City of Newport Mun. H. Com'n v. Turner AdvertisingAnnotate this Case
334 S.W.2d 767 (1960)
CITY OF NEWPORT MUNICIPAL HOUSING COMMISSION, Appellant, v. TURNER ADVERTISING, INC., et al., Appellees.
Court of Appeals of Kentucky.
March 11, 1960.
As Modified on Denial of Rehearing May 13, 1960.
*768 Morris Weintraub, Newport, for appellant.
Davies & Hirschfeld, Newport, for appellees.
Appellant, Municipal Housing Commission of Newport (hereinafter referred to as "Commission"), pursuant to KRS 99.370 and 99.420, condemned for slum clearance purposes nine parcels of land owned by defendant, Turner Advertising, Inc. The jury awarded defendant a total of $57,000, and the nine cases are consolidated on this appeal.
The Commission appeals on the ground that incompetent evidence established an erroneous measure of damages and the awards cannot be justified on any proper basis. Defendant cross-appeals on the ground the statute authorizing this condemnation is unconstitutional.
We will dispose of the cross-appeal forthwith. In Miller v. City of Louisville, Ky., 321 S.W.2d 237, the constitutionality of KRS Chapter 99 was upheld. We see no reason to overrule that decision.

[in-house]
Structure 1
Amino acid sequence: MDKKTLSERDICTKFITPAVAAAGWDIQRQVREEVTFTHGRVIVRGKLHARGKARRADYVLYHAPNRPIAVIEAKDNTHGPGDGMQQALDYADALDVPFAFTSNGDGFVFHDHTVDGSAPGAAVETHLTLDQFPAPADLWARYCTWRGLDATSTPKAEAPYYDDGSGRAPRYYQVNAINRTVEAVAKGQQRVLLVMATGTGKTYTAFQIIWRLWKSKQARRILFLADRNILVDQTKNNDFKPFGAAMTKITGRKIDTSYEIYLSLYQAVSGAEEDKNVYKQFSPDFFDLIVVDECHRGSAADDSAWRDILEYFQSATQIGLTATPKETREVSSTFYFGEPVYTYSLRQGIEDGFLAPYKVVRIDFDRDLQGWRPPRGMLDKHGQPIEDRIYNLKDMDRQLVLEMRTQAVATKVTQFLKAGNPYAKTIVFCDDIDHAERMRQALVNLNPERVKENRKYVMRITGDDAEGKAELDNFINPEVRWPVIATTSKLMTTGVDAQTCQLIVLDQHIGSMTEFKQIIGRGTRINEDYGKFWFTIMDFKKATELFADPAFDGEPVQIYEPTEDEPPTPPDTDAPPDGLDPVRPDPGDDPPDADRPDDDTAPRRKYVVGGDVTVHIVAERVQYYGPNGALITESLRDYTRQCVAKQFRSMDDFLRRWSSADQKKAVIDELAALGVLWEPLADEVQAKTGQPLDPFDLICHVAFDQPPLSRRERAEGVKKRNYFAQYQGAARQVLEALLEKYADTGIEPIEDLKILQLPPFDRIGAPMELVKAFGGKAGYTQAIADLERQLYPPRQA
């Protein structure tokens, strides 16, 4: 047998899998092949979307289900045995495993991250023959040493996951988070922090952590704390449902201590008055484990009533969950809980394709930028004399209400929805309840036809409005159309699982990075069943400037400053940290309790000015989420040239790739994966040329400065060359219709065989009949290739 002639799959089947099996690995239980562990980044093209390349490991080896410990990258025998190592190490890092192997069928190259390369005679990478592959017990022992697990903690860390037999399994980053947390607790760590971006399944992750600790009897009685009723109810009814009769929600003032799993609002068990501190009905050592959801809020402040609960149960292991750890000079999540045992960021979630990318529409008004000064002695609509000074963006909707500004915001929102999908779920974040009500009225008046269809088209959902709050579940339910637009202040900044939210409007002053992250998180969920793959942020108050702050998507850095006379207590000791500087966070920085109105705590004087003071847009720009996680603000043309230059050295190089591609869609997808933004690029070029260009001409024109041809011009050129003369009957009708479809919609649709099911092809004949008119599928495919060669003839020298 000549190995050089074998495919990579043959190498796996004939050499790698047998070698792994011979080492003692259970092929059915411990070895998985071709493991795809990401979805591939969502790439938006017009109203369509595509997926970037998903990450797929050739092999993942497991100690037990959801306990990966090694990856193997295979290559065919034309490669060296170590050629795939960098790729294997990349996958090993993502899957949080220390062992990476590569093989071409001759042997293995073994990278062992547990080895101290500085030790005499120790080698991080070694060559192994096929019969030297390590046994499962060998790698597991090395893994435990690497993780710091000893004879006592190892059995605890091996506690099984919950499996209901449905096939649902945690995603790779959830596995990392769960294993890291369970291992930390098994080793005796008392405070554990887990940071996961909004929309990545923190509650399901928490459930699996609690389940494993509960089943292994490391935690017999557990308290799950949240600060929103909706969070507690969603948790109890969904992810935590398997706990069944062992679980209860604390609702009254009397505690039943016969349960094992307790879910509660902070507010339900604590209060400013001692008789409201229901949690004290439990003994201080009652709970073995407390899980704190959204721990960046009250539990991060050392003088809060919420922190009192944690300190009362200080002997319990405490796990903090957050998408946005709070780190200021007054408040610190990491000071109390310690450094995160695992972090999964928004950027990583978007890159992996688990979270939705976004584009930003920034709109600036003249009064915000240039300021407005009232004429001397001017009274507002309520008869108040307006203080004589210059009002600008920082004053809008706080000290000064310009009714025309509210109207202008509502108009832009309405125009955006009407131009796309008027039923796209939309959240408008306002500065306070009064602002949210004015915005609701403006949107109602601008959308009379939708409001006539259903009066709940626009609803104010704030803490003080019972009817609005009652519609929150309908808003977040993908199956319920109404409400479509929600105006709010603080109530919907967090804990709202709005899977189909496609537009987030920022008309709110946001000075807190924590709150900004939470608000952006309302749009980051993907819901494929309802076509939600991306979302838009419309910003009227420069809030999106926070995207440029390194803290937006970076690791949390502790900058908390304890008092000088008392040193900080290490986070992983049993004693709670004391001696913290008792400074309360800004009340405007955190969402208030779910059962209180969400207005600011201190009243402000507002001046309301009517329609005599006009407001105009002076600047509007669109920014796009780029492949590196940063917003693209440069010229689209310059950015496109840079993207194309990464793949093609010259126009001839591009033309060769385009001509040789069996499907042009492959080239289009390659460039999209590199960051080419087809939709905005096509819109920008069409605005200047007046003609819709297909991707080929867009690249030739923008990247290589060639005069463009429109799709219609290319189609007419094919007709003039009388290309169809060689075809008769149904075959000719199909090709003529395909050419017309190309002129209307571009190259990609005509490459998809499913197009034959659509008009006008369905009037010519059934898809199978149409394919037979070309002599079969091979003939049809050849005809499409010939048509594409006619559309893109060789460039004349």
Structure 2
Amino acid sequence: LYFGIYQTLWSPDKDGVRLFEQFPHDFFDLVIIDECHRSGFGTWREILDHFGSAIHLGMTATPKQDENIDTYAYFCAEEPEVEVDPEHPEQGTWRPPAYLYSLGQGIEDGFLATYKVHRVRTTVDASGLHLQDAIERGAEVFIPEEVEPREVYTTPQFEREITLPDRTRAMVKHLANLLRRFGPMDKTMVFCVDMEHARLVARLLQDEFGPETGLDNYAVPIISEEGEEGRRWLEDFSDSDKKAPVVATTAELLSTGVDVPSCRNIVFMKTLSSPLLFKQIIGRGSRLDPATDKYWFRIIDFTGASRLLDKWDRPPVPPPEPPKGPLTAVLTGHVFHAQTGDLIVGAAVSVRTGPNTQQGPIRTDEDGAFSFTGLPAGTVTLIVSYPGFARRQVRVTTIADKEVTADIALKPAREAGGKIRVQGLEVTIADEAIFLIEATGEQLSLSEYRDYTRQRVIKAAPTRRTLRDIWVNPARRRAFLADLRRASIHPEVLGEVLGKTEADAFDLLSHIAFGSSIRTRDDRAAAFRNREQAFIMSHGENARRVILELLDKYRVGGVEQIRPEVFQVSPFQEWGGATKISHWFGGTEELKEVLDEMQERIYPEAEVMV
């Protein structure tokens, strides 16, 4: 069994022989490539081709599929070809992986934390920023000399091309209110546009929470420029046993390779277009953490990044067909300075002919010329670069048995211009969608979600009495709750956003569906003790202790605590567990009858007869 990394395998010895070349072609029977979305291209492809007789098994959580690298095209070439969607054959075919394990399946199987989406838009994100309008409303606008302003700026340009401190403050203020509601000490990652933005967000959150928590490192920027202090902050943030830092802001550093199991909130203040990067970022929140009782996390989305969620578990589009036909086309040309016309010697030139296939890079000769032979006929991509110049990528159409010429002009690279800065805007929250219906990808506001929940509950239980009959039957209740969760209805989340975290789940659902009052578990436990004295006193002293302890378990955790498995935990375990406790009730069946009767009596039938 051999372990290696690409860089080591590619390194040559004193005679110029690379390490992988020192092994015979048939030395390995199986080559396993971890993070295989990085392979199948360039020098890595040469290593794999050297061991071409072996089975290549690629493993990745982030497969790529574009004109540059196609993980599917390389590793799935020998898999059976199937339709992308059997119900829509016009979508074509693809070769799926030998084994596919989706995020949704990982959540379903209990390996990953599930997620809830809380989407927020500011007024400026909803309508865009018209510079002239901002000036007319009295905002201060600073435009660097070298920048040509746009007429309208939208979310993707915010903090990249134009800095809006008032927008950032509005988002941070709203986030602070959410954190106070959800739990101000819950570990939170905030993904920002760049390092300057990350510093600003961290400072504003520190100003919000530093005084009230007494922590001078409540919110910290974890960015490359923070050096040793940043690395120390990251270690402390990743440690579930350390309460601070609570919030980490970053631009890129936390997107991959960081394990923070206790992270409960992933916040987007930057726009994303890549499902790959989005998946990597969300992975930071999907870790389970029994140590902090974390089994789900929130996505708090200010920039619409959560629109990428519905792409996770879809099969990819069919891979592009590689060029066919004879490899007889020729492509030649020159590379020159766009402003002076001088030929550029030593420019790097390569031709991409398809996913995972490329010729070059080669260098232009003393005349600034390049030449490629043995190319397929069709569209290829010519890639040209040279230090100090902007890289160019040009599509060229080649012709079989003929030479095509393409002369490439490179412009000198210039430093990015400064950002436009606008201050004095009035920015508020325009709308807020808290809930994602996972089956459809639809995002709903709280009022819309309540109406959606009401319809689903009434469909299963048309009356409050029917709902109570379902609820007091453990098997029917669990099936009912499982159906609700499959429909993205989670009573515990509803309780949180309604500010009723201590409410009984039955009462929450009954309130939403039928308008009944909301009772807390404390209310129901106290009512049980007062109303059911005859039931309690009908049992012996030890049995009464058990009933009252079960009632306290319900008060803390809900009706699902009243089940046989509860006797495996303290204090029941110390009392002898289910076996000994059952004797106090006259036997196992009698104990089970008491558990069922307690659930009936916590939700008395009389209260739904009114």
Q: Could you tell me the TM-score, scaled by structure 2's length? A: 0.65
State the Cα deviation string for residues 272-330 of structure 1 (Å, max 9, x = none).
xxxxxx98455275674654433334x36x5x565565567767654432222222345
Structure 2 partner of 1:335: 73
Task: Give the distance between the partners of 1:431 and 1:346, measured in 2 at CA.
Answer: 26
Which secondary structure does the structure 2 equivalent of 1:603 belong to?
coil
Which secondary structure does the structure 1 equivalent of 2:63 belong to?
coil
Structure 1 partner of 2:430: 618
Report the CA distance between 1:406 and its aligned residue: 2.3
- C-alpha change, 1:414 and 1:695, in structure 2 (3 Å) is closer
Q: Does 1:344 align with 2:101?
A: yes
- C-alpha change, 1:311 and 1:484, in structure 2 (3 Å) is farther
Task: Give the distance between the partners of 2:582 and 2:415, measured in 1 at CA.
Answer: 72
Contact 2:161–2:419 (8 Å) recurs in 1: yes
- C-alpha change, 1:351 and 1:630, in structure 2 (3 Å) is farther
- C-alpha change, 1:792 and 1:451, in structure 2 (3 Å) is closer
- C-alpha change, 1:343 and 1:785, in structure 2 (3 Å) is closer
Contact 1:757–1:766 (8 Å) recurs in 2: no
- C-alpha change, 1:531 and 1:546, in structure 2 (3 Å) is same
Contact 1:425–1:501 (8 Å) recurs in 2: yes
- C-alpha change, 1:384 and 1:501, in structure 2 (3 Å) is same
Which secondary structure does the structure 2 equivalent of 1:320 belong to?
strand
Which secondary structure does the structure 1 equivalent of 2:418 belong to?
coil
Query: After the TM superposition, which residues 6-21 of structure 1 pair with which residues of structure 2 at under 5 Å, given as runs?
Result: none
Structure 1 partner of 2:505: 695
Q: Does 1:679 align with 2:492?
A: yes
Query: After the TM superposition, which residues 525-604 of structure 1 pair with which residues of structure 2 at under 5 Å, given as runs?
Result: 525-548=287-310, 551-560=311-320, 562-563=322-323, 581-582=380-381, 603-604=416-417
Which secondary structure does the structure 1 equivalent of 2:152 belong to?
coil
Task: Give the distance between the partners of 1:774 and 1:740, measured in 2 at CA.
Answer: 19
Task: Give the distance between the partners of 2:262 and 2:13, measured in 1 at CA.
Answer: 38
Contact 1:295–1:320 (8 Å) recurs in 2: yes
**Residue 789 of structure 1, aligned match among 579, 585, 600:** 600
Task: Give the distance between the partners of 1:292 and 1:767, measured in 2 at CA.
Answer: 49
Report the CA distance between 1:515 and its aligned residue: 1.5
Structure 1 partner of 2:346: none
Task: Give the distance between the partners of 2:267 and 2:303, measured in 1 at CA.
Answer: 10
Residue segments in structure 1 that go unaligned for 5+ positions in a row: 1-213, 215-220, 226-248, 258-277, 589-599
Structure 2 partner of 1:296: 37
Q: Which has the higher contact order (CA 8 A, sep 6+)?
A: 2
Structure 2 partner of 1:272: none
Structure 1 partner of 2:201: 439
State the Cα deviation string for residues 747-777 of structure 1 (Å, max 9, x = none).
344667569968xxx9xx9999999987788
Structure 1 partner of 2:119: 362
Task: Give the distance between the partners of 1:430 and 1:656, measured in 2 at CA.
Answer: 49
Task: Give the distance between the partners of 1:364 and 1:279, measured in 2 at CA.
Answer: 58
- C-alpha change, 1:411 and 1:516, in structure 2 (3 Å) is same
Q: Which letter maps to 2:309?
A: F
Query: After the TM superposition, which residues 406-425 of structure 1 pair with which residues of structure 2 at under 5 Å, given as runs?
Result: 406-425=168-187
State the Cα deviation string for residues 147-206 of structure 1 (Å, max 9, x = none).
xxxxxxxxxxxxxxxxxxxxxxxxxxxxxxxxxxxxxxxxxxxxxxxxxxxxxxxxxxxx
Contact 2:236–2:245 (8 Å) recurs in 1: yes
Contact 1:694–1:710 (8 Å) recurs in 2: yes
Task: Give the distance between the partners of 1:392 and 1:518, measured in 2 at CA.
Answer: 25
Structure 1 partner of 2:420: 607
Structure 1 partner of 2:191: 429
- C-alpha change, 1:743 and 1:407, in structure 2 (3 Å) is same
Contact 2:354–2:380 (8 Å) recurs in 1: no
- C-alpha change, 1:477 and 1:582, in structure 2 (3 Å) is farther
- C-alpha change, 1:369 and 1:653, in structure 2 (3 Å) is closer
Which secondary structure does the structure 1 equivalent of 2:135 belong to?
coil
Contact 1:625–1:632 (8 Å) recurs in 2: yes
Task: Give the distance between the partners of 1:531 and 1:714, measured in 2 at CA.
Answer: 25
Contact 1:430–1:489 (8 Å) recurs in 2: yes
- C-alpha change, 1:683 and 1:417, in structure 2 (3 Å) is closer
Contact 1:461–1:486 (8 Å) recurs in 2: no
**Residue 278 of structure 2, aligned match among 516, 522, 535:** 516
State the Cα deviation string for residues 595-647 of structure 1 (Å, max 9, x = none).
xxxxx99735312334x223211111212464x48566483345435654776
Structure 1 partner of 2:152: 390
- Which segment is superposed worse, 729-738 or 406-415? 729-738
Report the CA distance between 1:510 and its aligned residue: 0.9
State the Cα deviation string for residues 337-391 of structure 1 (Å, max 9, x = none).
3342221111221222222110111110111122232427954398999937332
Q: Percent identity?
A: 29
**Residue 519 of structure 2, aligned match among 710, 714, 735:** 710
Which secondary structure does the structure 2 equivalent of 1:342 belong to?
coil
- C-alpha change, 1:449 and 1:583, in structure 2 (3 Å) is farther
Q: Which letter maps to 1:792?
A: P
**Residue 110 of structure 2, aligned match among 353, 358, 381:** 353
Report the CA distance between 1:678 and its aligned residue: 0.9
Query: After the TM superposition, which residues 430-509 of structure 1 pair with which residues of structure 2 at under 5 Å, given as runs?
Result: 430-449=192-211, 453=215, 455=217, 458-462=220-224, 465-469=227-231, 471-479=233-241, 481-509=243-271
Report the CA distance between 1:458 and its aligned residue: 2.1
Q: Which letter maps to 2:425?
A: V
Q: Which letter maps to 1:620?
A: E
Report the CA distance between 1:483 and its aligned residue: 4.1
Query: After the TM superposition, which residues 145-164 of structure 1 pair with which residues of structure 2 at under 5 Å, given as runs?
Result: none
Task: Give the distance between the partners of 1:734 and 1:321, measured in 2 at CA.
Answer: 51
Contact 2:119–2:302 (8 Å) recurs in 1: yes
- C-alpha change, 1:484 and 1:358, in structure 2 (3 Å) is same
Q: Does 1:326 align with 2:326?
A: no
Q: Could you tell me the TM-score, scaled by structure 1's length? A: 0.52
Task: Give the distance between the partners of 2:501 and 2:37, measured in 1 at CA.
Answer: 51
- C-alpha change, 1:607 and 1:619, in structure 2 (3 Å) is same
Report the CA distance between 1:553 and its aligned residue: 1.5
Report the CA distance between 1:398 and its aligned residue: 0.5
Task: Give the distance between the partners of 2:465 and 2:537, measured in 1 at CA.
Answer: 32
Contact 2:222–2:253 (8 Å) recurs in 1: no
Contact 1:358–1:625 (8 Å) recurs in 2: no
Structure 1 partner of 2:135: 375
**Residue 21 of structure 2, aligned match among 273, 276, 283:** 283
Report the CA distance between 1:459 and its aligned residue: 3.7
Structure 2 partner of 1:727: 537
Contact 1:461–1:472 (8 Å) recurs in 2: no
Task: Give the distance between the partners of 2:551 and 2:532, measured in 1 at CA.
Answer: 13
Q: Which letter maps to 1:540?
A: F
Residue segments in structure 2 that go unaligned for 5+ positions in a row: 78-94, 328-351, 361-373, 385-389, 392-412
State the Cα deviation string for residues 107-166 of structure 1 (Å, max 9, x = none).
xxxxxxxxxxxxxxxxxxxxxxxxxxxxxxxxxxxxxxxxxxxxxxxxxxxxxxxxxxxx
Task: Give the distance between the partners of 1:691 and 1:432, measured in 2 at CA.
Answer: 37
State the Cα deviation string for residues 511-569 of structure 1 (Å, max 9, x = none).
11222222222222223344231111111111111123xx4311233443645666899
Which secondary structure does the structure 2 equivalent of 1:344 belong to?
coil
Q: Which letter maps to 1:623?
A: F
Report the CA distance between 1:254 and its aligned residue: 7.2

The fundamental problem involves the proper measure of damages in the taking of land which is presently being used for billboard advertising purposes. The defendant owner happens to be engaged in the business of selling billboard advertising space.
The value of the billboard signs as physical property was stipulated. Four expert witnesses for the Commission, basing their opinion on all factors considered by them pertinent, estimated the value of the nine parcels of land as ranging roughly between $21,000 and $24,000. Defendant introduced no evidence concerning the market value of the land.
The defendant did, however, undertake to prove that these particular parcels had a very special value to it in the operation of its billboard advertising business. Defendant's only two witnesses testified to the importance of strategic locations, the method of selling advertising space by "package", and the effect of the loss of one billboard sign upon its entire business. Mr. Turner, defendant's principal witness, originally estimated that the present value of these nine parcels in its business was $243,000, which he subsequently reduced to $192,500.